For 30 years Liberal governments in particular have taken this approach to combating discrimination. However, there is still all kinds of discrimination in this country, including systemic discrimination practised by the state under statutes like the Indian Act. One of the unfortunate side effects of this approach is that it requires and fosters this divisive categorization of Canadians to which I have referred.
Reformers want to explore. We do not profess to have all the answers but we want the justice department, the courts and this Parliament to explore whether or not there is a better approach to protecting minorities from discrimination and to providing special help to disadvantaged Canadians.
The approach we want explored is one that would base the entitlement to special help and protection not on personal characteristics or membership in a special group, but simply on the naked fact that those people are Canadians period, entitled to equality before the law. This is an equality approach to affirming rights and preventing discrimination. Its chief advocate in the federal field is the Reform Party of Canada. In my judgment it will lead to higher ground and better results than the tired old Liberal approach to dealing with discrimination, aboriginal policy, multicultural policy and national unity on the basis of special status.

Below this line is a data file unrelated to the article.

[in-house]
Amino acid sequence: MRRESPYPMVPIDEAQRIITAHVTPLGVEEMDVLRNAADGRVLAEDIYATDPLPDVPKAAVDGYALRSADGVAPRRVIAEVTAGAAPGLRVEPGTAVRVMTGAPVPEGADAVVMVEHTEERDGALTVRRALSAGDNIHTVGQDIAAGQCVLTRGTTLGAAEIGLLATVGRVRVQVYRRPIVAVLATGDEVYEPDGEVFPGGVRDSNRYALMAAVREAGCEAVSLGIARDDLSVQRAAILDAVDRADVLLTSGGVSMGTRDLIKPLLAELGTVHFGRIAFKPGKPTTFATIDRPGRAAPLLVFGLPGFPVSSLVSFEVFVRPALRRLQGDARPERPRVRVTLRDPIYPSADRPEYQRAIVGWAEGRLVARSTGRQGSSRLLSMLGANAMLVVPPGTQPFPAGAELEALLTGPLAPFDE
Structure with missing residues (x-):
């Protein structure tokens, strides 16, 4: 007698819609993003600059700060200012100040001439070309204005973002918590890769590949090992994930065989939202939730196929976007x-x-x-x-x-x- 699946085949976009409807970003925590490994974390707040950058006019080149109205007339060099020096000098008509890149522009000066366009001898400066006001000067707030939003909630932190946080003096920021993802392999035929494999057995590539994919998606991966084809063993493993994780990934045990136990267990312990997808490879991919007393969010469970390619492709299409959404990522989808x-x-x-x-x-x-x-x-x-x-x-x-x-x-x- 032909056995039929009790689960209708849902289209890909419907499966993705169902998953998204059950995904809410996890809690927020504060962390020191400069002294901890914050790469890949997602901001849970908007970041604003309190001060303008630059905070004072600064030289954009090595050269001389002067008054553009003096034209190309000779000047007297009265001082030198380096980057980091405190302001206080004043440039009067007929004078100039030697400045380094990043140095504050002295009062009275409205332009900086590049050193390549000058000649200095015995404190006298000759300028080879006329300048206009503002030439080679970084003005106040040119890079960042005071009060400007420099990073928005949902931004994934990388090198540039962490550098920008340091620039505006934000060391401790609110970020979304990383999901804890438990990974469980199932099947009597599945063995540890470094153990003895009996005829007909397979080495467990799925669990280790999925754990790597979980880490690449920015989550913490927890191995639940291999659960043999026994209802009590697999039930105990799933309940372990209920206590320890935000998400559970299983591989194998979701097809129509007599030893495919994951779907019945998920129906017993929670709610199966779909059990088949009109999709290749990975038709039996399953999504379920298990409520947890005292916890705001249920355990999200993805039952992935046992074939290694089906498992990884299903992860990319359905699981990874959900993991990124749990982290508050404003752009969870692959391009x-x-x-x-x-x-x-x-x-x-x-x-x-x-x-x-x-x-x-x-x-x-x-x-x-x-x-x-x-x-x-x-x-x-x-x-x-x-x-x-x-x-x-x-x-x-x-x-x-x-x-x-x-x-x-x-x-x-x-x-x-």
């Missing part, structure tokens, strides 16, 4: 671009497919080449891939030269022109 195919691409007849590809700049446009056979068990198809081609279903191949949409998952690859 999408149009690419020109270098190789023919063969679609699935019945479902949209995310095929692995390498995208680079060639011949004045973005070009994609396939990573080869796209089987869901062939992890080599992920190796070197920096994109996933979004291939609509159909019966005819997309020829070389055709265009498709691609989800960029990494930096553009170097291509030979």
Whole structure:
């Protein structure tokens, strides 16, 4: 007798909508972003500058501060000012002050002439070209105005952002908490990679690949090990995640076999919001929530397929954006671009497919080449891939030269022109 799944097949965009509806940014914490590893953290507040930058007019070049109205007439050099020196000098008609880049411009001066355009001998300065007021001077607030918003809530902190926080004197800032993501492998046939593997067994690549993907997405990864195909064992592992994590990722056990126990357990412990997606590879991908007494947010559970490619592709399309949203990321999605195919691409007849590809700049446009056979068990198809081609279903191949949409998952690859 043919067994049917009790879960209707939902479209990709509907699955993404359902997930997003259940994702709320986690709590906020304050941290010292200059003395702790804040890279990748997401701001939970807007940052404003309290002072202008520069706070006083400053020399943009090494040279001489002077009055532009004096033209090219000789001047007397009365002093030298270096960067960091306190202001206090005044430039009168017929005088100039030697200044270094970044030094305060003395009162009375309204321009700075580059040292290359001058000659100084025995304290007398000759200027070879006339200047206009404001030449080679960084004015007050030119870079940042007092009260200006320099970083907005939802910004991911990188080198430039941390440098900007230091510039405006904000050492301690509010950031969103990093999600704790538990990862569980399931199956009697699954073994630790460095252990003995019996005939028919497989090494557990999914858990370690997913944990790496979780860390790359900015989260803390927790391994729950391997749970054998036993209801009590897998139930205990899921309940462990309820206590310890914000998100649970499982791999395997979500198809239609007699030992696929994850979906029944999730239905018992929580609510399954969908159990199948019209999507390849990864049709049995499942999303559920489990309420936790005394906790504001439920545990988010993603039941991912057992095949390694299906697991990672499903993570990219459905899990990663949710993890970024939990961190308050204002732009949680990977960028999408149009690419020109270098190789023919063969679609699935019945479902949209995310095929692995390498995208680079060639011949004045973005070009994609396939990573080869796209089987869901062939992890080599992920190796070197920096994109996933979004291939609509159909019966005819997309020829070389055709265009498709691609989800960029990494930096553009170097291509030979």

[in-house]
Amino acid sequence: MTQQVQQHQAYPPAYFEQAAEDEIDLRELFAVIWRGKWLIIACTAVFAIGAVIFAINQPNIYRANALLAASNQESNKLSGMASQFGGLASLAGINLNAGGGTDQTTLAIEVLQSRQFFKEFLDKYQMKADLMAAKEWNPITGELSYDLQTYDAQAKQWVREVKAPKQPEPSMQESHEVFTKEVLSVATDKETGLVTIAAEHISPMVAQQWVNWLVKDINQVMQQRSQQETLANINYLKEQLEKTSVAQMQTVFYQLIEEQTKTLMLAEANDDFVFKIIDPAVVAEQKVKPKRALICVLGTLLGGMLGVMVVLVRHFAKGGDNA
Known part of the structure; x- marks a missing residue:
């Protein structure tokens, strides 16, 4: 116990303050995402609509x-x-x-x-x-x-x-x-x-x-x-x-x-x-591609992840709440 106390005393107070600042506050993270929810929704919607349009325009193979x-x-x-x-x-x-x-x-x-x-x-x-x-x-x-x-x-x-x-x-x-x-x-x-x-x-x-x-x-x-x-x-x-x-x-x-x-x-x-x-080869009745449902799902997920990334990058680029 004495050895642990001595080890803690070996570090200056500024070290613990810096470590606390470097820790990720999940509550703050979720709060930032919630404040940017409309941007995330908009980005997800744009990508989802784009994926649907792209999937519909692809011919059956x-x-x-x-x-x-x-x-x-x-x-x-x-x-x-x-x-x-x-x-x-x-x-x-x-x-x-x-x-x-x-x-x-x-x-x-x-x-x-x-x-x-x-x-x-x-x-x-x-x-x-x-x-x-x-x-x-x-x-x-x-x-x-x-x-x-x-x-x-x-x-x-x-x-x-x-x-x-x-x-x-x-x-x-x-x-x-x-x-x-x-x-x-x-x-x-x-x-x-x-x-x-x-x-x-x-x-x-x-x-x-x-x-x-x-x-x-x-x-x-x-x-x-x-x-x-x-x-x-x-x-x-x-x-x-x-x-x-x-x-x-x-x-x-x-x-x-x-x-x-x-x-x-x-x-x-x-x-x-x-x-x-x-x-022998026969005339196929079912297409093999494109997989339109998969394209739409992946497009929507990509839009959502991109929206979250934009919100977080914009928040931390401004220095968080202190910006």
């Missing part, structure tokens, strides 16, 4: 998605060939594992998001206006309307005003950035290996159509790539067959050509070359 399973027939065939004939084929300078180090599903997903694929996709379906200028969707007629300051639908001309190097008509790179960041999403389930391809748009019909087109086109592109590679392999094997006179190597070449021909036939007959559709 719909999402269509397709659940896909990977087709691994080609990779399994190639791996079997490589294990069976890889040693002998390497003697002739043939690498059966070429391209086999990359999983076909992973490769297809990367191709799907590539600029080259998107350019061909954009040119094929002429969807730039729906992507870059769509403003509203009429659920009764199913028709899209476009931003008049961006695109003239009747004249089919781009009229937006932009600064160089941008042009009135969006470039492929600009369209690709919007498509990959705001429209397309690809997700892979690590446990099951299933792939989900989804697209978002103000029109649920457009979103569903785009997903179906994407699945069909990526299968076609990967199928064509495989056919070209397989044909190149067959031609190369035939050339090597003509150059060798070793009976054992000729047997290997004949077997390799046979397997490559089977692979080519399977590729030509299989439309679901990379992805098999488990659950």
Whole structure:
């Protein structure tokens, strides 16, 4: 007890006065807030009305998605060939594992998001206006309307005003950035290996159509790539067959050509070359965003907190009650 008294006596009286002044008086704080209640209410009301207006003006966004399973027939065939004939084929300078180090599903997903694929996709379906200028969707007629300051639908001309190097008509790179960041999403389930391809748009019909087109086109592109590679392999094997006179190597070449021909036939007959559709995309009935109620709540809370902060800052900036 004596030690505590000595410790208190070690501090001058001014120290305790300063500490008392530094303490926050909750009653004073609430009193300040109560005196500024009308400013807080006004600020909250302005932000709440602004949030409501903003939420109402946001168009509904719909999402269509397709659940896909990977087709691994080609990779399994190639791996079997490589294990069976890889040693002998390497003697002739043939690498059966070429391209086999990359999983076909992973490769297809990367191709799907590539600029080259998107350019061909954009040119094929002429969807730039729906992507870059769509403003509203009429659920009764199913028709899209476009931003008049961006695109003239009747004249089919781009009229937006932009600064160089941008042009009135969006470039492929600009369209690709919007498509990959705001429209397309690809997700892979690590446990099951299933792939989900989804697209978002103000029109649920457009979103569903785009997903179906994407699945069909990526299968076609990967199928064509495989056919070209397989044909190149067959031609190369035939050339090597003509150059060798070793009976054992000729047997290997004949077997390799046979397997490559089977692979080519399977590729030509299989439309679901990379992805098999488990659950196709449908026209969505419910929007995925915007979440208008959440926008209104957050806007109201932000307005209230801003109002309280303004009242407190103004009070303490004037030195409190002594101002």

Hon. members should ask: How do you protect someone from discrimination, let us say, in housing and accommodation, on the basis of equality rather than special status? This is the question Parliament should have been addressing in reference to this bill and has not. I would be pleased to enlarge on our answer to that question in questions and comments if someone would like to put
it. How do you protect someone from discrimination? My time is short so I will come back to that in questions and comments.